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Who owns the interface? - Michael Kerrisk


Michael Kerrisk first started programming on Unix systems in 1987. He has been involved with the Linux man-pages project, which documents the Linux kernel-userspace and the glibc APIs, since 2000, and has been the project maintainer since 2004. He is the sole author of nearly 100, and the co-author of another 65, of the around 850 pages in the man-pages package. (See http://www.kernel.org/doc/man-pages/ and http://linux-man-pages.blogspot.com/.) In May 2008, he commenced a fellowship with the Linux Foundation to work full time on man-pages and related work. As well as maintaining kernel-userspace API documentation, he is also involved in testing and design review of new APIs, and has found many bugs in the APIs. He is currently nearing completion of a book providing a detailed description of the Linux kernel-userspace API.


Traditionally, an interface is owned and defined by the vendor or group who created it, and if the interface achieves widespread usage, then eventually ownership may pass to a standards group.

But what's the story for the Linux kernel-userspace interface? Who owns it? (Who has freedom to change the interface? Who has the power to block changes?)

  • Is it the Austin group (they define the POSIX.1/SUS API standard)?
  • Is it the kernel developers (they implement the interfaces)?
  • Is it the userspace programmers (they use the interfaces)?
  • Is it the LSB (they define the Linux ABI standard)?
  • Is it LTP or other testers (they come up with (implicit or explicit) interface specifications for testing)?
  • Is it Ulrich Drepper (glibc mediates the interfaces exposed by the kernel)?
  • Is it me (I maintain the documentation of the interfaces)?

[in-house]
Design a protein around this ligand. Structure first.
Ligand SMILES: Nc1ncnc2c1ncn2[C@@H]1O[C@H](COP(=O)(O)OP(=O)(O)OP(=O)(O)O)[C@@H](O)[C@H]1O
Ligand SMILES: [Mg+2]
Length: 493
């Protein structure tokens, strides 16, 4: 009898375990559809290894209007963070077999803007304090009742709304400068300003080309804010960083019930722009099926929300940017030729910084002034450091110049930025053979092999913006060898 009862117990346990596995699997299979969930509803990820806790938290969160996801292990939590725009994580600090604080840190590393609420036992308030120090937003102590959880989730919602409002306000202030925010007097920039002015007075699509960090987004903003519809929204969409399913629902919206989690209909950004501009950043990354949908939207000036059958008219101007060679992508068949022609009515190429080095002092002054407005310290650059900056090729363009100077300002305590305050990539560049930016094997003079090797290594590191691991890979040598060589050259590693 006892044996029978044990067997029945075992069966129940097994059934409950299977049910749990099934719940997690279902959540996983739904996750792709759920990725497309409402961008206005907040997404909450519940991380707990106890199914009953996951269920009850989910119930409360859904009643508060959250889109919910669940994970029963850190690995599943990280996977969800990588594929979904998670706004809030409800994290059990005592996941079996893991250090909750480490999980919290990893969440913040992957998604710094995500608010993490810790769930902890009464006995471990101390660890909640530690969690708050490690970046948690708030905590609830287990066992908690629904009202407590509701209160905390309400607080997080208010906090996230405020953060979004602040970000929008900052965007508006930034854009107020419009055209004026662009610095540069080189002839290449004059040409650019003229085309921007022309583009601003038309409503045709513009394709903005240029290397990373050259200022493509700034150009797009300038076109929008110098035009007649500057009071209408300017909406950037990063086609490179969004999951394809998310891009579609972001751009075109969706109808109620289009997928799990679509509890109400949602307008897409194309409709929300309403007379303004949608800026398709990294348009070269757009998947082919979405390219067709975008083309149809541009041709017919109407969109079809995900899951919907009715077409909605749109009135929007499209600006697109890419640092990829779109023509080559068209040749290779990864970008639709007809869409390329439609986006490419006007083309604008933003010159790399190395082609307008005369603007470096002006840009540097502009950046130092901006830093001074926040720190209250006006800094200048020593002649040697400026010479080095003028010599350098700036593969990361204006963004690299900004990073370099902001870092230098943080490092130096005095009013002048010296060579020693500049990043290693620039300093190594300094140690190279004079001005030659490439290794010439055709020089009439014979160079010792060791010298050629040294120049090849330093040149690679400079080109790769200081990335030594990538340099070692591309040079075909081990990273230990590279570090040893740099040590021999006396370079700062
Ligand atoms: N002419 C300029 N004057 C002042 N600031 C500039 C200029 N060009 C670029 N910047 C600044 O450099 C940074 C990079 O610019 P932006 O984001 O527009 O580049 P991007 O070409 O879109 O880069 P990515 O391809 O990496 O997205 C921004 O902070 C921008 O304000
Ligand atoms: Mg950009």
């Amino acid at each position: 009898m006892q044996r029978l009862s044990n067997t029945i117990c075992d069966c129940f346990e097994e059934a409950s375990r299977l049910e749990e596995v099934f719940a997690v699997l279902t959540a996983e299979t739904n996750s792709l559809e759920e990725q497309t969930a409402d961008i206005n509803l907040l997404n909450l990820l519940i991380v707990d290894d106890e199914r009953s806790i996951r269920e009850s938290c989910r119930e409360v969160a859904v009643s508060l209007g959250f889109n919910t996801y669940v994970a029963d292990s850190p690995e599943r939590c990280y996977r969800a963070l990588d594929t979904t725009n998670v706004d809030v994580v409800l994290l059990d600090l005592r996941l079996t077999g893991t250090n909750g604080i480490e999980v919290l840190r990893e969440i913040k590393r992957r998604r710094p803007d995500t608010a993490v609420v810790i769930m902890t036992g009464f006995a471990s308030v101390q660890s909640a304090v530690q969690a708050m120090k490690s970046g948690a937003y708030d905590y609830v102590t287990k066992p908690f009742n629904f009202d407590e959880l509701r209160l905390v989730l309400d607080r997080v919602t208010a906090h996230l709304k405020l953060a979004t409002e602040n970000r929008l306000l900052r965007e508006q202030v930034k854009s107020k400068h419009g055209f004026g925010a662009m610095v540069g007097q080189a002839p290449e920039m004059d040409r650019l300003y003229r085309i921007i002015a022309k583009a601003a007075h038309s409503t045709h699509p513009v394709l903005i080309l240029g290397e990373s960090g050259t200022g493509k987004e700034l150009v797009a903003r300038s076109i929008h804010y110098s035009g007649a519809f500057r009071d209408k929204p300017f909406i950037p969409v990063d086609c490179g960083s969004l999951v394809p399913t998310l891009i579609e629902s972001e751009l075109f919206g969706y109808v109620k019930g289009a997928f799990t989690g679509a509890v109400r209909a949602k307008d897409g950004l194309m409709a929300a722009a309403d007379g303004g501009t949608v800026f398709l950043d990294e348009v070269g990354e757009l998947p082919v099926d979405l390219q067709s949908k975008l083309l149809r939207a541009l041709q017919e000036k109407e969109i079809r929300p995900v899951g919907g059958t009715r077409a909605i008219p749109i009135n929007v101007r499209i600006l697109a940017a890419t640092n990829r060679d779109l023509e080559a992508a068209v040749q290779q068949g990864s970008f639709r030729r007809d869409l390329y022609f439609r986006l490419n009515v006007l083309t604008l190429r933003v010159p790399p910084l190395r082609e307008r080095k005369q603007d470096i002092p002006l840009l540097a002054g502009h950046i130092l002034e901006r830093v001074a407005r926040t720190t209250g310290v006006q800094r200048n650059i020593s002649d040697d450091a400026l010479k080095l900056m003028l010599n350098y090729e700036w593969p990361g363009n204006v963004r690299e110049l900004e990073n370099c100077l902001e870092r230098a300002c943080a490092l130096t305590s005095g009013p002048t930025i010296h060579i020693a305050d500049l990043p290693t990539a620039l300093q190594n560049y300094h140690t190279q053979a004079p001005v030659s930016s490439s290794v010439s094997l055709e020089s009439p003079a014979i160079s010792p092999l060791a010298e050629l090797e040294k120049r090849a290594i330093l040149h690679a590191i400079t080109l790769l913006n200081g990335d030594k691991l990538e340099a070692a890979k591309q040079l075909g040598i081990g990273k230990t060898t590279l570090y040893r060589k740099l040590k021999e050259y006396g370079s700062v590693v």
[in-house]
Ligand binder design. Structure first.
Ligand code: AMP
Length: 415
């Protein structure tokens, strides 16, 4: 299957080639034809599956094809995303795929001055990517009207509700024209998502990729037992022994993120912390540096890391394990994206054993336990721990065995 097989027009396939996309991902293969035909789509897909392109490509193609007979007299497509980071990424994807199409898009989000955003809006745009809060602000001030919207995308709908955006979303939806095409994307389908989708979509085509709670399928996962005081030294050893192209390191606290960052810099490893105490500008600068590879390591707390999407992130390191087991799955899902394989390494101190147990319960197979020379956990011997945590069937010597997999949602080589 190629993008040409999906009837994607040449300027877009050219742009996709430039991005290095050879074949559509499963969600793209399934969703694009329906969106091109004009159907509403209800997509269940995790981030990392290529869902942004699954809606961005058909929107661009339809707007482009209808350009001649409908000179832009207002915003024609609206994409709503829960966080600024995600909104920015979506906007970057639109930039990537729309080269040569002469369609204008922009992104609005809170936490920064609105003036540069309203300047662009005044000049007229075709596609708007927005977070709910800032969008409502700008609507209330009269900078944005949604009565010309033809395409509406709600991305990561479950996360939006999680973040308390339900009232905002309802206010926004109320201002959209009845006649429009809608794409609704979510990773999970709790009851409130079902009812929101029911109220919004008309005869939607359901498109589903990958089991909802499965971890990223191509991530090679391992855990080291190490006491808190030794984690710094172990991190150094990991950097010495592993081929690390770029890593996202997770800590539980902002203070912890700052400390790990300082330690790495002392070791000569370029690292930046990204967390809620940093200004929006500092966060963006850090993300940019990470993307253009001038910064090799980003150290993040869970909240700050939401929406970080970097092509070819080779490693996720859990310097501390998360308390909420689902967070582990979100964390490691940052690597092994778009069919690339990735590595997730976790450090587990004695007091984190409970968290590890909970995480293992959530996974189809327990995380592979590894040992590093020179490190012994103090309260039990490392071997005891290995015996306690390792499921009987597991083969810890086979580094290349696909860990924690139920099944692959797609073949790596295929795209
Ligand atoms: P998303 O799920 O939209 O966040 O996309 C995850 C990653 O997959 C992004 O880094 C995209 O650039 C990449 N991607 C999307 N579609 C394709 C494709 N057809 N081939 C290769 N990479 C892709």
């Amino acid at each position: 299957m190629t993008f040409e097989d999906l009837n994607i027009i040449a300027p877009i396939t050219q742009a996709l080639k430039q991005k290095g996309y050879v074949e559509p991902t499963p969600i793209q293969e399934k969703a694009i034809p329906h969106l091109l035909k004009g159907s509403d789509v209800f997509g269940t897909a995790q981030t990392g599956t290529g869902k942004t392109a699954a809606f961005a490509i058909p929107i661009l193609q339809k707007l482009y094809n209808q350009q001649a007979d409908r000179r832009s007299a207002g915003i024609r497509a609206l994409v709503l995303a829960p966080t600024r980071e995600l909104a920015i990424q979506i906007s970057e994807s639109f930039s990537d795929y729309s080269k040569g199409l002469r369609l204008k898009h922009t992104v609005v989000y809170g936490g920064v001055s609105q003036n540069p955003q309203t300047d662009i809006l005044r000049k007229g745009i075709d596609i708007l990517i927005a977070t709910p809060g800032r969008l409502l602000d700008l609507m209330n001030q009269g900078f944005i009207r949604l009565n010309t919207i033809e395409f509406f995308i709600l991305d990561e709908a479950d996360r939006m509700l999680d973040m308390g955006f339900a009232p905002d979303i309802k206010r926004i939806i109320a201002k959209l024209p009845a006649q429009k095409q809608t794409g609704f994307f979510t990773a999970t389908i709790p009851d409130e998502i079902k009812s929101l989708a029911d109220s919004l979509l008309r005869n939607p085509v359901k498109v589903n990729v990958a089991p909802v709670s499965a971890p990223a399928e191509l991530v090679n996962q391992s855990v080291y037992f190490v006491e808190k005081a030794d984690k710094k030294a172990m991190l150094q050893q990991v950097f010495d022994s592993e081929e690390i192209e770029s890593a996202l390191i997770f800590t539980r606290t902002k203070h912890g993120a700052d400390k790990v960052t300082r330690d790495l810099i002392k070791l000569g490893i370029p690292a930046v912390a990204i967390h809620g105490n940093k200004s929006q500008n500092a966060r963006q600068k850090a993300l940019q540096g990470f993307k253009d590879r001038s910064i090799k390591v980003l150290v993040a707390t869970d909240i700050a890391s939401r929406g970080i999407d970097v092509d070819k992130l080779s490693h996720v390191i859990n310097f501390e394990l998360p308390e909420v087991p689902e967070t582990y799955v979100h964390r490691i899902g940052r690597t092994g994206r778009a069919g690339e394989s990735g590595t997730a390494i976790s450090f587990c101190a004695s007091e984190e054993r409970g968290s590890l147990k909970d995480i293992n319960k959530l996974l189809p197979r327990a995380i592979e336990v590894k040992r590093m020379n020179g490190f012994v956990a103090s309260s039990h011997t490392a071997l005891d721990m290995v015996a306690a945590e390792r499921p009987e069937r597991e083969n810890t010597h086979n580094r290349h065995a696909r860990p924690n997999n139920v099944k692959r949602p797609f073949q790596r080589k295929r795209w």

• Given the nature of the Linux interface development, if you're a member of one of those groups, and assume that you must be the owner, then you're likely to be in for some unpleasant surprises. You're also in for some surprises if you assume that some other group(s) must be the owner. You're even in for some surprises if you assume that some particular group couldn't be the owner. (Like: userland programmers couldn't possibly define the interface I already implemented, right?) I'll look at the arguments for assuming each of the above groups is the owner, and consider some of surprises if we make that assumption.

    Some other questions I'm interested to explore in the course of the talk are: Does it matter who owns the interface? What sort of problems can result when ownership of the interface is unclear? If multiple groups can (legitimately) claim ownership of interface, how can we minimize the conflicts, limitations, and bugs that might result from the multiple claims?

    I can't provide definitive answers on the ownership question (there probably aren't any), but with this talk I do aim to start some useful conversations, and I hope that attendees will be able to further educate me, as well as each other, about the various facets of the topics described above.